All of these questions and more have been left in uncertainty since the O’Callahan decision.
This Court’s guidance is needed.
The problems arise not only in the matters of current trials for offenses committed after the O’Callahan decision and in habeas corpus with respect to past convictions but also in suits for various collateral remedies.
Such as back pay restoration, to arraign, correction of military records, and so on.
It is a very complicated area filled with many difficulties in both past and prospective.
And now let me turn to the particular problem presented by this case.
There are as far as I know only two constitutional provisions which shed any light on this problem other than the provisions of Fifth and Sixth Amendments to the extent that they are not made inapplicable.
These two constitutional provisions are Article 1, Section 8, Clause 14 and the except clause in the Fifth Amendment.
The first of this express --
Unknown Speaker: I suppose the Necessary and Proper clause for instance?
Mr. Griswold: Yes Mr. Justice but that was pretty much read out of this area in the cases Reid and Covert in the later cases and I don’t want to throw away anything that any member of the Court thinks is useful to our side but I don’t particularly rely on the Necessary and Proper Clause.
I don’t see how it can expand the field within which Clause 14 gives power although it can certainly affect the way in which that power is exercised.
Clause 14 expressly gives to Congress the power to make rules for the Government and Regulation of the land and naval Forces.
And it is of course as much a part of Constitution as are the Fifth and Sixth Amendments.
And the second excepts “cases arising in the land of naval Forces” from the grand jury clause of the Fifth Amendment showing that the framers of the Fifth Amendment two years after the Constitution went into effect where did not think they were restricting the power that had been granted by Clause 14.
The whole structure of military justice rests on this and it was this provisions which the court construed and applied in the O’Callahan decision.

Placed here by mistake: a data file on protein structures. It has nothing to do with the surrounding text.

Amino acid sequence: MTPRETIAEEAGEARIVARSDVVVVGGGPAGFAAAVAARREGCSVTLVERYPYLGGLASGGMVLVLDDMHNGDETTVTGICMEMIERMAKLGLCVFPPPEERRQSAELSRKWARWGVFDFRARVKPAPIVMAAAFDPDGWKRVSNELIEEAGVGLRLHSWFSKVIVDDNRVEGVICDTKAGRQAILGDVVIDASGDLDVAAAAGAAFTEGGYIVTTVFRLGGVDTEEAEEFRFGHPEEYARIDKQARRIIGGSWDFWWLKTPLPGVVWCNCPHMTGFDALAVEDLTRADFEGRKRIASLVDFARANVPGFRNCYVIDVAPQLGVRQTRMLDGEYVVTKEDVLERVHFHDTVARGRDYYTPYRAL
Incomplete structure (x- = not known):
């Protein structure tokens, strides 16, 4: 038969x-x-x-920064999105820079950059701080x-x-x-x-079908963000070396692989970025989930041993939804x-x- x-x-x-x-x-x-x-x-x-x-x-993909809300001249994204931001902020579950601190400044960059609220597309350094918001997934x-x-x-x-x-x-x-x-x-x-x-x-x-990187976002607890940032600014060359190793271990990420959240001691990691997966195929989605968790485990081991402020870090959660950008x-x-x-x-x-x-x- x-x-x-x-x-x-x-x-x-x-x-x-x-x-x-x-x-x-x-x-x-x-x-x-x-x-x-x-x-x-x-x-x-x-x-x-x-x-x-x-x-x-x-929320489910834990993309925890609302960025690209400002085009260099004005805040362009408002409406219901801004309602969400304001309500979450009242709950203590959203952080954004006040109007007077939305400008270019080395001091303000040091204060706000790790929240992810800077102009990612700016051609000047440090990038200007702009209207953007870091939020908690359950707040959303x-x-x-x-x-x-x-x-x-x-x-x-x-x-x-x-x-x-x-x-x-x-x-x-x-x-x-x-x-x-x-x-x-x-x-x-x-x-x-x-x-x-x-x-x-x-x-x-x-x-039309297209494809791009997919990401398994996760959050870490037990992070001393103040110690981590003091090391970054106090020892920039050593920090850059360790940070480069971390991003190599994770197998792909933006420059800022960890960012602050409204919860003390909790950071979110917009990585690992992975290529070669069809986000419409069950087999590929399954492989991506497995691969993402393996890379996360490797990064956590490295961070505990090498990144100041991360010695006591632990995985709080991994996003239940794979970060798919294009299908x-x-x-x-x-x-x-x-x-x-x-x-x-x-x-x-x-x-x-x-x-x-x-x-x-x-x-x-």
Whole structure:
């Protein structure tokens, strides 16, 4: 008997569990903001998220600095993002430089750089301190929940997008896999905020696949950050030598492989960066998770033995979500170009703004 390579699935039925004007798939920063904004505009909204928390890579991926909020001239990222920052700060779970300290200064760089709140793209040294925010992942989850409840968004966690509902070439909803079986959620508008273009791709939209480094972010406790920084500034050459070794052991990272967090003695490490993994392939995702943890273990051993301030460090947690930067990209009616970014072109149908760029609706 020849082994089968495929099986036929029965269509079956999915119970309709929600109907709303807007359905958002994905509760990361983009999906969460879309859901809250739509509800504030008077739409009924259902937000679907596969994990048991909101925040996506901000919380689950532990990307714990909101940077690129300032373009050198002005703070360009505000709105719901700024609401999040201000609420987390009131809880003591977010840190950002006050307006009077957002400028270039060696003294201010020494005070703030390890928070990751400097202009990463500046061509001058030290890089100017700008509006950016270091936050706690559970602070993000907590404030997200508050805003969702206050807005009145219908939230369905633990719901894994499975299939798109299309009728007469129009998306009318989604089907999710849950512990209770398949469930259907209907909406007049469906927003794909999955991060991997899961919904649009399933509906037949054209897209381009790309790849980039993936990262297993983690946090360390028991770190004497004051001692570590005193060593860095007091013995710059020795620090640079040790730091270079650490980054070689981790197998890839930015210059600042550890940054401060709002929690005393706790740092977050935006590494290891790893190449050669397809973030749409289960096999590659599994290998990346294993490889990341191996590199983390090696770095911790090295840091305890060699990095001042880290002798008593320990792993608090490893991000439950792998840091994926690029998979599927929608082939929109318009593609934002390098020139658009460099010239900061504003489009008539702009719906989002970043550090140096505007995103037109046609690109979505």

They are obviously quite general and quite a lot can be read into them or not.
Obviously O’Callahan read less into them than have previously been supposed but how much and on what basis and principles is not yet wholly clear.
Since June 2, 1969 a considerable number of cases have come before the Court of Military Appeals which has the responsibility in the first instance of trying to work these matters off.
These decisions are summarized on pages 6 to 8 of our brief.
The Court of Military Appeals has held that O’Callahan does not apply to petty offenses.
That court, the Court of Claims and several district courts have held that on off duty, off post crime committed overseas may be punished by court martial and this Court denied certiorari and a case involving that question last term and again in another case this term.
The Gallagher case number 392 in which certiorari was denied on October 13.
With respect to serious crimes committed within the United States, the few cases we know of have applied a multi-factor approach that does not permit the statement the rules of thumb.
It reminds me a bit of the massing of the elements approach sometimes followed with confusion if I might say so.
In some modern state decisions in the field of conflict of laws, the Court of Military Appeals appears to have developed a rule that crimes committed by a serviceman on post are without more sufficiently service connected to justify court martial.
With respect to off post crimes, that court considers a number of factors case by case including the military status or relationship of the victim and the role of the offenders military -- the role which the military offenders military status are played in the crime.
In addition to the cases on pages 6 to 8 of our brief I can also refer to a decision of the Fifth Circuit Court of Appeals on November 9th, Zenor against Vogt which involved what you might call a routine assault by one serviceman on another serviceman.
They have both been to the club on the base.
The second serviceman had danced with the first man -- serviceman’s girlfriend in a way that the first man didn’t like.